Emperor Mines made a takeover offer for Southern Resources. Southern Resources issued shares to another company called Square Gold so it wouldn’t be taken over and this company became a major shareholder. The shareholder’s have diminished controlling interest now that there is greater share capital- less premium of control- diluted. The plaintiffs did not have to observe the proper plaintiff rule but had a personal right to defend their share rights with wrongful issue in breach of director duties. This is a particular wrong of directors and not every breach gives a shareholder a personal equitable right to sue and mostly they don’t have one because it won’t be in an identifiable right in their parcel of rights that are being infringed. There is the right of the shareholder to have their say by virtue of their voting rights- and this standing is to preserve this against improper actions by directors.
There can be no ratification to destroy individual rights. Its subject to difficulties about who gets the benefits. It is one straw in the wind towards the view that you need unanimous vote of shareholders to do this- vote in ratification of director’s breach of duty.
Howard Smith v Ampol Petroleum
Dilution of voting power is fundamental to success of these claims as personal
Company (majority of shareholders) exercises a power to alter constitution that is beyond judicially set limits.
Greenhalgh v Aderne Cinemas
The essence of the matter is changing the constitution to reduce the entitlement of some of the shareholders to bonus shares in lieu of dividends for example or change voting rights or other entitlements to return of capital. Clyde along similar lines. In all these cases there was destruction of tangible value but the court said if the company went thought the right procedures they could change the constitution and this power was wide. There are limits though discussed in Gambotto.
Australian Fixed Trusts v Clyde Industries
Gambotto v WCP
There are limits on the general meeting to pass resolutions to monitor or repeal provisions of the constitution of the company. There are other important decisions which have been delivered by superior courts in the last 150 years about the power to monitor and repeal provisions of the constitution because at the centre of that power to what degree can private decisions destroy private property rights. Cth constitution provides for government to acquire or destroy public property but they have to compensate them on just terms. The power of private individuals to destroy or take private property rights is not easy to justify.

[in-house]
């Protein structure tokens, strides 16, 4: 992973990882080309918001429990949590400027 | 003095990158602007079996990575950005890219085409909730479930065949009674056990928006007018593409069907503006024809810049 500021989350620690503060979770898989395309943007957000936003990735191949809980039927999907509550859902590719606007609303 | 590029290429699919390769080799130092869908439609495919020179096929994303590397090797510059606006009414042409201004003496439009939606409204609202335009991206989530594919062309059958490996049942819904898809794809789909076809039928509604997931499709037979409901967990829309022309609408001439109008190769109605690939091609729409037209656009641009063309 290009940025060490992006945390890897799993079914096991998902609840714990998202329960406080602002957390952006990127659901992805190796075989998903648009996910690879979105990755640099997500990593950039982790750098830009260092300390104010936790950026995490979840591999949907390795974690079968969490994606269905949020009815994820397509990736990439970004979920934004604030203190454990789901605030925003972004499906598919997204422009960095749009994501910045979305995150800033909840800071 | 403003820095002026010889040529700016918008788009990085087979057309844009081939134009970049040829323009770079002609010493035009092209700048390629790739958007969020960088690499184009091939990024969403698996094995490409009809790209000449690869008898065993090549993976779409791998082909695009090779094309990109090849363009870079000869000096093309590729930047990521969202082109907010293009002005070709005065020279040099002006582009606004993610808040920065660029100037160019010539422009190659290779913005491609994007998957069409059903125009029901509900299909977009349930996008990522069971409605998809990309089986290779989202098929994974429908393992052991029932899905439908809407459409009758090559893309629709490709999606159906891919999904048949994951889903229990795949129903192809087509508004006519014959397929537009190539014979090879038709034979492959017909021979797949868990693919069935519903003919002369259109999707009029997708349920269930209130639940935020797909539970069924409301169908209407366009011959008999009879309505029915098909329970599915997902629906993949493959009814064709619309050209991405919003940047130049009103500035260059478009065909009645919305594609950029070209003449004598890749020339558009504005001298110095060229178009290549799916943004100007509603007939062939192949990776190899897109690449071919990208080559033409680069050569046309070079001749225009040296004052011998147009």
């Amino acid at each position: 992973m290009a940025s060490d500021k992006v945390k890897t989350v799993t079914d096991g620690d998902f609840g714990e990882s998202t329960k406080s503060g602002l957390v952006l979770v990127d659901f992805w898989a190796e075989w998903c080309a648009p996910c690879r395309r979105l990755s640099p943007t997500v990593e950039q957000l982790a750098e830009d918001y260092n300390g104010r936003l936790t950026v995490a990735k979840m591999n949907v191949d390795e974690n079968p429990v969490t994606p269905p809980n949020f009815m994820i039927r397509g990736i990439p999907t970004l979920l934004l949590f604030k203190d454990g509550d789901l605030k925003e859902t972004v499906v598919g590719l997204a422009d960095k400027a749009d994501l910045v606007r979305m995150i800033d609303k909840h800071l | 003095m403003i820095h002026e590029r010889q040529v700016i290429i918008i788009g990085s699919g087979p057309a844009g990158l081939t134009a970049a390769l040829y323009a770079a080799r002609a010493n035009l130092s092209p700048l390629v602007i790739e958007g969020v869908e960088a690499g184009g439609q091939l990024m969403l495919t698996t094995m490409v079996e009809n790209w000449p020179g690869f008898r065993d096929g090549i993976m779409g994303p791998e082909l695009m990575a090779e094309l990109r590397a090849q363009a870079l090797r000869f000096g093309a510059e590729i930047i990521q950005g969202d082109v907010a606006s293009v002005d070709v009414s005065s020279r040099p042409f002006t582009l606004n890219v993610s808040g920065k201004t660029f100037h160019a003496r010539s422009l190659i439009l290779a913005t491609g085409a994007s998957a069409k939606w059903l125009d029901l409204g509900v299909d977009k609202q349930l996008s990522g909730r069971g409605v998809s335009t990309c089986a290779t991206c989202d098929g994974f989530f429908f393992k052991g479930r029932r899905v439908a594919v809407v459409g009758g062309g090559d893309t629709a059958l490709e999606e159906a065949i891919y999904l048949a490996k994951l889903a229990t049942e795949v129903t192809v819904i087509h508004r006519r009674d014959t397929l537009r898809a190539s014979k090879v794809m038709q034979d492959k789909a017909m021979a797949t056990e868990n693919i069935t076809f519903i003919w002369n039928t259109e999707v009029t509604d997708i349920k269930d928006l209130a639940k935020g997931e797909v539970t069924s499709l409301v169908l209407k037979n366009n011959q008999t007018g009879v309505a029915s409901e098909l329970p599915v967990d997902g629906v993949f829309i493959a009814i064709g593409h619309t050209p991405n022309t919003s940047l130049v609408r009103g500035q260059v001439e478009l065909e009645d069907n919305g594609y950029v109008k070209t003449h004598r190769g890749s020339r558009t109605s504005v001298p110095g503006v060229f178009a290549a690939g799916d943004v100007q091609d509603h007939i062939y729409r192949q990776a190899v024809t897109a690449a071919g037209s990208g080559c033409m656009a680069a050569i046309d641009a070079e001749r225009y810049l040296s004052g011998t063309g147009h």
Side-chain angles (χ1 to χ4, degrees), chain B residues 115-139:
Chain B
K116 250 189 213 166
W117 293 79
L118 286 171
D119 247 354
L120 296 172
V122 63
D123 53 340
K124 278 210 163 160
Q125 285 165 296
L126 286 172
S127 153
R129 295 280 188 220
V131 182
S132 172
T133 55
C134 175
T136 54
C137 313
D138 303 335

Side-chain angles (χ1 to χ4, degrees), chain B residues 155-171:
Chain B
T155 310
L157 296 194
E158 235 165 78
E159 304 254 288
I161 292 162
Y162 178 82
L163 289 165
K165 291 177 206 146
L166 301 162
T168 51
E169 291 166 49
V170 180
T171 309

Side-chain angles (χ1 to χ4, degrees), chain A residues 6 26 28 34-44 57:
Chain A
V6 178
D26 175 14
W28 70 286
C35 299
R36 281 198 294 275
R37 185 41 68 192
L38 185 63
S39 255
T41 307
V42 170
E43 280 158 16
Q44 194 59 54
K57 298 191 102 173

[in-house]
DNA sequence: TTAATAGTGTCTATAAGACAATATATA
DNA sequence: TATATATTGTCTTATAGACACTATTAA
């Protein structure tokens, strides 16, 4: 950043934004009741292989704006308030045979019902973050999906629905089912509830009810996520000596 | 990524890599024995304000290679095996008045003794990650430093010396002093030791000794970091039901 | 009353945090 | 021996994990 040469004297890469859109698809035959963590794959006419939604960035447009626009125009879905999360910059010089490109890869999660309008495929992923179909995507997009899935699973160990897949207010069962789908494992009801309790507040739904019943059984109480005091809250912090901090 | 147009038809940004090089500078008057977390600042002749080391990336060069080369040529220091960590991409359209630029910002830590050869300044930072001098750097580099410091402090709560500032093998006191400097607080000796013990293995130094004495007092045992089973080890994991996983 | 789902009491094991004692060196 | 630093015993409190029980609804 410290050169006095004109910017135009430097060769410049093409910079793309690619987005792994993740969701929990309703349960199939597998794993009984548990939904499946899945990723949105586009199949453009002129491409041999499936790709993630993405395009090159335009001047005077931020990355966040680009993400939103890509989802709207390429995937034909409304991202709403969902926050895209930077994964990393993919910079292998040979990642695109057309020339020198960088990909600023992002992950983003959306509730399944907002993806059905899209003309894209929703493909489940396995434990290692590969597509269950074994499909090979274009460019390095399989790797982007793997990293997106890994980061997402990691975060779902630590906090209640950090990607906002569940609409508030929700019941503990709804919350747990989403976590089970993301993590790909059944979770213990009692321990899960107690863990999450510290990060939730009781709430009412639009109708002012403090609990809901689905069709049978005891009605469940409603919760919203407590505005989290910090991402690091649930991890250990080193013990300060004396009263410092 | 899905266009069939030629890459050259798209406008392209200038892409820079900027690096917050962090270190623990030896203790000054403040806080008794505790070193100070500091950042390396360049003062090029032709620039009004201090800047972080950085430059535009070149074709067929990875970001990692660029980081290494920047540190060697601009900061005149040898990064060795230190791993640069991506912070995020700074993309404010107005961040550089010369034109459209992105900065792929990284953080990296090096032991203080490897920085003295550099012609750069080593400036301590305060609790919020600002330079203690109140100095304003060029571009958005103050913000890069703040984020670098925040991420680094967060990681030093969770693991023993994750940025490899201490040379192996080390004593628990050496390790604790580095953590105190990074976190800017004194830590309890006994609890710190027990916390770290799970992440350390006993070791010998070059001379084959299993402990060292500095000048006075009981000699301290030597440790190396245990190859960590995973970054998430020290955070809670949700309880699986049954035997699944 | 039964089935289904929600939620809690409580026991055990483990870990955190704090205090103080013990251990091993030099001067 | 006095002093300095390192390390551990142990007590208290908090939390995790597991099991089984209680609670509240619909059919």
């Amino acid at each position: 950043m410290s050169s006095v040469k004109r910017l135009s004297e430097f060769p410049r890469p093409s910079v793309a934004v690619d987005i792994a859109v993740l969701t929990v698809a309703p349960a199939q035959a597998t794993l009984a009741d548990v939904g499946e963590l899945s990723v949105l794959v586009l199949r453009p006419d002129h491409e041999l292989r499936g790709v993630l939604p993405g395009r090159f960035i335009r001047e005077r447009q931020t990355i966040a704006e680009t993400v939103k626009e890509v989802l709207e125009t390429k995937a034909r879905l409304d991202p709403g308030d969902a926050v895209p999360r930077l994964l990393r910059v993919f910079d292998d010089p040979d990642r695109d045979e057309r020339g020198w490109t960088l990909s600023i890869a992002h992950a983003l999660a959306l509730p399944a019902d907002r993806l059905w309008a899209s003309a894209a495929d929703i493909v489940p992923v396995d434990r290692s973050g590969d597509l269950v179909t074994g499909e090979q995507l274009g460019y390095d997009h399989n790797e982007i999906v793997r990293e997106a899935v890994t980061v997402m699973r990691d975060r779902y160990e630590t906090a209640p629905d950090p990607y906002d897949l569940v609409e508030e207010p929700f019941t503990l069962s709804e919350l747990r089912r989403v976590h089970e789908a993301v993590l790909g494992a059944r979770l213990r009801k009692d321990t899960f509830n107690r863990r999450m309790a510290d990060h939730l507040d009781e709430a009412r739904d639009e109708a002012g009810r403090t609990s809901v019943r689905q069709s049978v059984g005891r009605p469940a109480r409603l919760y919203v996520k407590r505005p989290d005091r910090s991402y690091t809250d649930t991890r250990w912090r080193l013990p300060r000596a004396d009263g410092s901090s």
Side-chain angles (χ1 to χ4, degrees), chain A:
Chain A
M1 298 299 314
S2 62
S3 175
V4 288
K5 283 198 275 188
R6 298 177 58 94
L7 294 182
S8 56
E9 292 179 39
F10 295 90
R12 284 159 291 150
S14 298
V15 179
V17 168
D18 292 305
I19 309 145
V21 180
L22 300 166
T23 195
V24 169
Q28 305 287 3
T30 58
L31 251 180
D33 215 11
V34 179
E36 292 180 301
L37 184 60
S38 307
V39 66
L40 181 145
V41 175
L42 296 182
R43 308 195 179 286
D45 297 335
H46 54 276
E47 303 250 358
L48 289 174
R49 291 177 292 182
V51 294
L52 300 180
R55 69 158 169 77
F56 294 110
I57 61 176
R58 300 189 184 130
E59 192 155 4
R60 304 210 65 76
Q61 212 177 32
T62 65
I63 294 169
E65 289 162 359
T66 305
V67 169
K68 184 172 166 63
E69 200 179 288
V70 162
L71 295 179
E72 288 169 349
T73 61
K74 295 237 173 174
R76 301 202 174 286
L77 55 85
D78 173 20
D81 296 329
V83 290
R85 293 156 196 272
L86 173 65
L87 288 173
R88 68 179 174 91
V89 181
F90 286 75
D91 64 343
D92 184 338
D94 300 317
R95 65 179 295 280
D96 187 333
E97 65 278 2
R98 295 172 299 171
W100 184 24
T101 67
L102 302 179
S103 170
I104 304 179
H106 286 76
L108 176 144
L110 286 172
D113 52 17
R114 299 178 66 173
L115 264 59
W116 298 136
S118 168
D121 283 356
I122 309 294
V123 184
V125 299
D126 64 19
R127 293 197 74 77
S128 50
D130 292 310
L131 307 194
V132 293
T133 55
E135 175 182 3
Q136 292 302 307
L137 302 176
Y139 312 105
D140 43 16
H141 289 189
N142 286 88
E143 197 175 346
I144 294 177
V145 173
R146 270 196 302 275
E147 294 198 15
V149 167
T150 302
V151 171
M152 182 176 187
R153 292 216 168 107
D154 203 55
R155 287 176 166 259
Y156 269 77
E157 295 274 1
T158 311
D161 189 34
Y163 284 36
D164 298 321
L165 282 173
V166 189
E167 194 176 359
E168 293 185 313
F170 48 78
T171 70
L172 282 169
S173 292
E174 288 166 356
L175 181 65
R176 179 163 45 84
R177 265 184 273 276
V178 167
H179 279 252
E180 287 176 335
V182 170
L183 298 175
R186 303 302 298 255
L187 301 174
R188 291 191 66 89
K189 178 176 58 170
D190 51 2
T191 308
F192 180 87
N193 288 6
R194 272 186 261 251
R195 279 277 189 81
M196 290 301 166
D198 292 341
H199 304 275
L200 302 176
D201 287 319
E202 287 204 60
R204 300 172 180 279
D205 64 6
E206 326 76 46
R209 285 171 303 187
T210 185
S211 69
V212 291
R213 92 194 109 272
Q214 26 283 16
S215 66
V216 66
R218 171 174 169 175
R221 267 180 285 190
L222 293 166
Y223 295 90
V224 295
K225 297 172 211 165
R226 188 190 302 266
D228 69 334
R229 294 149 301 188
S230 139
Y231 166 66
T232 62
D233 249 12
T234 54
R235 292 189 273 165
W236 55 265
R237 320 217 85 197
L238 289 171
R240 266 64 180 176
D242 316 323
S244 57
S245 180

They were looking for tax savings and reductions in tax costs from having a single shareholder on the register. Article 20A allowed the majority shareholders to acquire the remaining shares- special resolution passed to allow majority shareholders to acquire the majority shares. The legislature already made it clear though under takeover regime that there is justification for the majority to buy out the minority for fair compensation in a takeover. 20A was passed unanimously. IEL were advised not to vote their share (97%). Those who attended and voted were unanimous. Gambotto took issue with the passage of the article.
Proper purpose for expropriation of shares by modification of the constitution requires that the company be put in danger if the shareholders remain shareholders.
McHugh J thought that tax savings and reductions in admin costs would be an acceptable substantive basis for compulsory acquisition but the rest of the court disagreed.
The oppression requirement is mostly focussed on the procedural side. They are onerous when either the director takes a benefit or there is some benefit going to the majority shareholder.
Shareholder’s derivative actions: NEED TO LOOK AT! THEY MADE A MISTAKE
Abolition of Foss v Harbottle
Part 2F.1A especially s236-242CA
Have there been many shareholder derivative actions since this part was introduced? The exception to the harbottle rule is that if the BOD wont bring an action on behalf of the company and it is a fraud in equity for them not to do (abusing director duties) that the shareholders would apply to the court to stand in the shoes of the company and use the proper plaintiff rule but its hard to do this! So many equitable exceptions that are ill formed and interpreted differently.